Health and healthcare

Research in this area encompasses both healthcare systems and individual health.

Our work on healthcare systems focuses on the increased use of market mechanisms within the NHS. We examine the responses of patients, GPs and other healthcare workers to market incentives, and the impacts upon recorded NHS activity and hospital outcomes.

Our work on health includes:

  • trying to understand the relationship between socio-economic status and health;
  • examining the causes and consequences of poor health across the lifecycle;
  • the effect of individuals’ consumption decisions on health; and
  • how public policy can influence these behaviours.

 

We also compare levels of and inequality in health in the UK with patterns seen in other developed countries.

Designing alcohol taxes: Evidence from the UK market

| External publications

Governments have long used taxation to correct for the socially costly overconsumption of alcohol, but as the external cost of overconsumption varies across drinkers, a single tax rate is not optimal. This column argues that variation in preferences for different products and in price responsiveness across heavy and light drinkers provides scope to improve welfare by varying tax rates across alcohol products. The proposed framework is well suited to addressing other sources of external costs, such as obesity.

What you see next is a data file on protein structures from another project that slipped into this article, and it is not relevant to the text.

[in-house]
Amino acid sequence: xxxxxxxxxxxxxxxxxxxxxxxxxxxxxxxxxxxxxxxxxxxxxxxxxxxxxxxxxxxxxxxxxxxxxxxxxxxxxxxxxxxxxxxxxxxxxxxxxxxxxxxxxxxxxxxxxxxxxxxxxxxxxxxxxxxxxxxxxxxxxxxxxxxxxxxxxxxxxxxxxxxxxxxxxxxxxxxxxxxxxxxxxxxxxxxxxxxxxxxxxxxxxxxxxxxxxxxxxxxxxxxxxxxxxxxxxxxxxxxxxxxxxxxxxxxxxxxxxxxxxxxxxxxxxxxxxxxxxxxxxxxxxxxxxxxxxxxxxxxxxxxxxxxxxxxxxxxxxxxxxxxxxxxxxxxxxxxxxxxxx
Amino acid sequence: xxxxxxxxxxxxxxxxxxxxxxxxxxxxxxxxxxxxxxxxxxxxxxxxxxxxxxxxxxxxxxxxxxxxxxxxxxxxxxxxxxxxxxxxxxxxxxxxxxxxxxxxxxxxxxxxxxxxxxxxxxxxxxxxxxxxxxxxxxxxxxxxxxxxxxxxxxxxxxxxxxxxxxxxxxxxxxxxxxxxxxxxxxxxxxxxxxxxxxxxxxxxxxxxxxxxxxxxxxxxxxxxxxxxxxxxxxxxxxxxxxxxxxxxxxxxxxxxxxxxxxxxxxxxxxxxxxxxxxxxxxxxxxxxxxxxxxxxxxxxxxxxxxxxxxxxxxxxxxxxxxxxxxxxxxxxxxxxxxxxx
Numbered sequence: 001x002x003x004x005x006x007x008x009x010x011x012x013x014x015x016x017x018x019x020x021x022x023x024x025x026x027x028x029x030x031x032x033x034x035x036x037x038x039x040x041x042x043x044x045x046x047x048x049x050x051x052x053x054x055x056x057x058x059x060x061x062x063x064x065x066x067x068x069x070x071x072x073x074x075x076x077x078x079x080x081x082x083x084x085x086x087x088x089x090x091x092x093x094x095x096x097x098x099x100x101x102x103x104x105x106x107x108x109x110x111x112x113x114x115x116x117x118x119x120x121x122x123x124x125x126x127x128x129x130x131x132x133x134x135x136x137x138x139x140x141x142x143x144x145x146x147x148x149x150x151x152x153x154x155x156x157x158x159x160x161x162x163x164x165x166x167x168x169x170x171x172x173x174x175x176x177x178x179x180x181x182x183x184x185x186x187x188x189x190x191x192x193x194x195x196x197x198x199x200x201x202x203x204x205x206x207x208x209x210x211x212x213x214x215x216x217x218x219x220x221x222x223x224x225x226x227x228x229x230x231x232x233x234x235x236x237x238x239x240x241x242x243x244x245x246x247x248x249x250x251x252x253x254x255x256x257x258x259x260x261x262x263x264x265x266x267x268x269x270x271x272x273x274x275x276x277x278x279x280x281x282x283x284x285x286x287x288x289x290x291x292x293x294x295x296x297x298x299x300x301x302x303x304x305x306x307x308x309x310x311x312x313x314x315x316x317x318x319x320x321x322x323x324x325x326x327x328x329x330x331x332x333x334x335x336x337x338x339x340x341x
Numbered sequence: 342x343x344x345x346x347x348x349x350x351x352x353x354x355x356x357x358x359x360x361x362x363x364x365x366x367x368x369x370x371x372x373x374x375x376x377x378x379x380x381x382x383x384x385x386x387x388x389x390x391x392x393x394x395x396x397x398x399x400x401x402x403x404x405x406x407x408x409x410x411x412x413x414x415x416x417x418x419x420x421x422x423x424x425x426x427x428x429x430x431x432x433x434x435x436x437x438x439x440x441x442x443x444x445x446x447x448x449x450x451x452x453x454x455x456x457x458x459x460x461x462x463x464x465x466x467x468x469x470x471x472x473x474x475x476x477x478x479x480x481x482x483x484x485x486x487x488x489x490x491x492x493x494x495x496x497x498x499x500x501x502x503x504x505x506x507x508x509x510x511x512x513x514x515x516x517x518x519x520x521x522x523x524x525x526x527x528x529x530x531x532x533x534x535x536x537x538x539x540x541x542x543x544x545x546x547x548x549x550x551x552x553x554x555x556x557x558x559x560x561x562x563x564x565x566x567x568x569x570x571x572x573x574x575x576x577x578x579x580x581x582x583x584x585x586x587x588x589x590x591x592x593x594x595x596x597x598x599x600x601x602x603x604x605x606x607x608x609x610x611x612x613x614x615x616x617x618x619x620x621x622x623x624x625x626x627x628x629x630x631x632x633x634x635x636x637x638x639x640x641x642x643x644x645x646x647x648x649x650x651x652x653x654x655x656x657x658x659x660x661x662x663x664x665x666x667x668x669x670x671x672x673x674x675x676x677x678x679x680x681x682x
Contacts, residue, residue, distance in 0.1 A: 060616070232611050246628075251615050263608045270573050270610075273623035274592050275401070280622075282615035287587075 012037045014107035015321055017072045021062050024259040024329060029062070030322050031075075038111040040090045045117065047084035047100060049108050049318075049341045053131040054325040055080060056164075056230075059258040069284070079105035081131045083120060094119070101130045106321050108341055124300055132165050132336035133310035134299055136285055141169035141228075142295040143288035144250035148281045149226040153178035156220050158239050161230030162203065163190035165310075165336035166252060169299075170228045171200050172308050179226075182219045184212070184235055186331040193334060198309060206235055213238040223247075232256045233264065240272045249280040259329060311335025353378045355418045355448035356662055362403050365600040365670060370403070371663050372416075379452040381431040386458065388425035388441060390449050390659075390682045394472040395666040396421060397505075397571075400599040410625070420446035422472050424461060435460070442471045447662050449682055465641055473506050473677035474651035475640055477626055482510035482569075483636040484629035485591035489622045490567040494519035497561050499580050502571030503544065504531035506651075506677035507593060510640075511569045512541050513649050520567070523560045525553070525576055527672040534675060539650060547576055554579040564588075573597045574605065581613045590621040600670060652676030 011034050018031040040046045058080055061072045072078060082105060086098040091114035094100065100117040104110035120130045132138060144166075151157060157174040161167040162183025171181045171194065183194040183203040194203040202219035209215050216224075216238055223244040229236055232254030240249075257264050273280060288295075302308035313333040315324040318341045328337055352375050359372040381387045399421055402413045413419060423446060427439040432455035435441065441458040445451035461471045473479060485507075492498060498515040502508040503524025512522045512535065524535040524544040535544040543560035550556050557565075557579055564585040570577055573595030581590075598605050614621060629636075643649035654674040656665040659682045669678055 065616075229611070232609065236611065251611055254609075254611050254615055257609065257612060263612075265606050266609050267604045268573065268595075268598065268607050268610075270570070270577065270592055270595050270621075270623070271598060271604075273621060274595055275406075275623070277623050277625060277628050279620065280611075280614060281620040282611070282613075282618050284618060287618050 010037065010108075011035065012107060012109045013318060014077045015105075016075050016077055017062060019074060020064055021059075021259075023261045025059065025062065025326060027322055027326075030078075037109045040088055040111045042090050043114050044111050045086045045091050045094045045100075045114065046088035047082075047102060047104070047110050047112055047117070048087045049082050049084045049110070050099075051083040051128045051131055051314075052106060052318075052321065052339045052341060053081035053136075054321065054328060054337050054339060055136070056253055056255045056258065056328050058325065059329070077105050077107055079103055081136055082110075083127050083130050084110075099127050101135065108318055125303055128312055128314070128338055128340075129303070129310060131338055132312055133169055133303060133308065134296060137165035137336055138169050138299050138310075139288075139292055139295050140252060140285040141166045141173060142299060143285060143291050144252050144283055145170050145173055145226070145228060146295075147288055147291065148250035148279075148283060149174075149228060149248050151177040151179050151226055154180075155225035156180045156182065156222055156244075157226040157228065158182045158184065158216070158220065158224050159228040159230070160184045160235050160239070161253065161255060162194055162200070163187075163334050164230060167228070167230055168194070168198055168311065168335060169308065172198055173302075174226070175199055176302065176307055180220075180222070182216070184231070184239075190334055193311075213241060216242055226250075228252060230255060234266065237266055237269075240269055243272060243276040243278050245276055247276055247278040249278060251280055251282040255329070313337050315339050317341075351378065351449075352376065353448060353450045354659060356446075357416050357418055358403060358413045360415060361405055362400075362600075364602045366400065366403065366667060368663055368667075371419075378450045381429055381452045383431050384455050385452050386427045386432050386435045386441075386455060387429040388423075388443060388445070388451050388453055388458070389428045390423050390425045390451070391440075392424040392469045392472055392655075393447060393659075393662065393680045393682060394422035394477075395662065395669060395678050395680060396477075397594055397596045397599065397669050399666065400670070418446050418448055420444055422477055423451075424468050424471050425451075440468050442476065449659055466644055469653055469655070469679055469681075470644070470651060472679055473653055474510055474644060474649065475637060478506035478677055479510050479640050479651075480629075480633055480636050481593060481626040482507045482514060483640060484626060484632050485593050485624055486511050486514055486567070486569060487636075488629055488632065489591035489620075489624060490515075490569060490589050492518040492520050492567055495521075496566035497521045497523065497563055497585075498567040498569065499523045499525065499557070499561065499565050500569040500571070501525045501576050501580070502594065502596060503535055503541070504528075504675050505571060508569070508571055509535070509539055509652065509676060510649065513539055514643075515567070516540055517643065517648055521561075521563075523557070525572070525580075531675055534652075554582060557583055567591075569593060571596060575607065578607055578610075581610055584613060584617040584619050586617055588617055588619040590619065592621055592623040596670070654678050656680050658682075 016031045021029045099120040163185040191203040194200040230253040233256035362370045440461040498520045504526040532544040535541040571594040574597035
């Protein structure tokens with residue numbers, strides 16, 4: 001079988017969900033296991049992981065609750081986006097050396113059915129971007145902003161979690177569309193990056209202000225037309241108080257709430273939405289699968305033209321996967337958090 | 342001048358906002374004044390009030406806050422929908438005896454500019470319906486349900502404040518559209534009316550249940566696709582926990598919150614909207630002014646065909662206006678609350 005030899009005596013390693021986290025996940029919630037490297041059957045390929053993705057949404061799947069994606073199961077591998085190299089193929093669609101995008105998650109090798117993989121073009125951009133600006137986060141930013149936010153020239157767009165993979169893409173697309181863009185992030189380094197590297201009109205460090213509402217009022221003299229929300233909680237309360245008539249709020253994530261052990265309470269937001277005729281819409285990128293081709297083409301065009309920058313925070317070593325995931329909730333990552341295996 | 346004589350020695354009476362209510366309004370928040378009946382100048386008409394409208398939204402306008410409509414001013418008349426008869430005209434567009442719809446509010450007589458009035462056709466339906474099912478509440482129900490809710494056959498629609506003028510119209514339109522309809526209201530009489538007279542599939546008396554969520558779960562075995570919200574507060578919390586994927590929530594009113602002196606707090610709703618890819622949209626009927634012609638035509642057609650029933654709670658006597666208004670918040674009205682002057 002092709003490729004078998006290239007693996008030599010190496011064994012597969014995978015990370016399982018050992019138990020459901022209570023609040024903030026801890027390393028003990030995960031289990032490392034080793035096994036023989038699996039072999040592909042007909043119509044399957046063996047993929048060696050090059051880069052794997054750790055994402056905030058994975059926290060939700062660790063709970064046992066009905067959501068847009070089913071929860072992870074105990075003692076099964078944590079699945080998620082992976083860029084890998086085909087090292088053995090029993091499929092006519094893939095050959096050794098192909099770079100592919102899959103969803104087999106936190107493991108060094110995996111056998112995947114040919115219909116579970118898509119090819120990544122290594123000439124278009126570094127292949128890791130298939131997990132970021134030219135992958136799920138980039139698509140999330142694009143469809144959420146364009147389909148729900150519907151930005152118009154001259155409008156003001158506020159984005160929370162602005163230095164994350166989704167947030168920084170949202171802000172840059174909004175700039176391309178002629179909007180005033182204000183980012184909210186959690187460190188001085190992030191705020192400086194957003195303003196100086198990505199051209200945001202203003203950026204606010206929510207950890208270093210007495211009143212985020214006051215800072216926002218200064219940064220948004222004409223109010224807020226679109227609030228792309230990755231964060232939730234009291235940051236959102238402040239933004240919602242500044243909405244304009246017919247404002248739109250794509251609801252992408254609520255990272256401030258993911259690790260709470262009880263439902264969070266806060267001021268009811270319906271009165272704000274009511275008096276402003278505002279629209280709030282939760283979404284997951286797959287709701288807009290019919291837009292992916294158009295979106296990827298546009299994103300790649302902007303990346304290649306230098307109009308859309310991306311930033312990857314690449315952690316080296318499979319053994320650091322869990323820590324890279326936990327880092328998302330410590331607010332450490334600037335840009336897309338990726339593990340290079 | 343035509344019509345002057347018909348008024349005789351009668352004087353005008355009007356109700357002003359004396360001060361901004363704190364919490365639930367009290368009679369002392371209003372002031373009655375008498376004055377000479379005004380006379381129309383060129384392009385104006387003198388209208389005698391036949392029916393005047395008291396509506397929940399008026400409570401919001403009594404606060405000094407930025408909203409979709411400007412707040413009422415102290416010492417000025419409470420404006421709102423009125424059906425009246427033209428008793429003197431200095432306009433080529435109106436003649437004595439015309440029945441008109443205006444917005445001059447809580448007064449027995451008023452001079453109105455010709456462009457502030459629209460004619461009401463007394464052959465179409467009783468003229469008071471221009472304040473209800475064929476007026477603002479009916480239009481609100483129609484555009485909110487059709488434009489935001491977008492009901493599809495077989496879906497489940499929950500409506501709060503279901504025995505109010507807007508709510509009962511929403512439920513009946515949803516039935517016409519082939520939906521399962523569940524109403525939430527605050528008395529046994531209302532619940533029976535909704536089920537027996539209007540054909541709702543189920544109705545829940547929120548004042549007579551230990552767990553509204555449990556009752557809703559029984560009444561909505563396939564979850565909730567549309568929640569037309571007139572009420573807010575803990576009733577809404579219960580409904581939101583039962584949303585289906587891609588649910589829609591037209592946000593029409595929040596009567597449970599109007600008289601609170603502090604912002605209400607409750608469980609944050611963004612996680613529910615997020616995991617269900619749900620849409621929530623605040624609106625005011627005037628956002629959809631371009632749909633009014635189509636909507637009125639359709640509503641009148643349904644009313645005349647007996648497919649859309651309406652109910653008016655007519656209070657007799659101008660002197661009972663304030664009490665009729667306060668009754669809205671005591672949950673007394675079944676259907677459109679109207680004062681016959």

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What's happening to NHS spending?

| Video clip

IFS researcher, Andrew Hood, looks at what is happening to spending in the National Health Service.

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The prevalence and dynamics of social care receipt

| Report

The prevalence and dynamics of social care receipt

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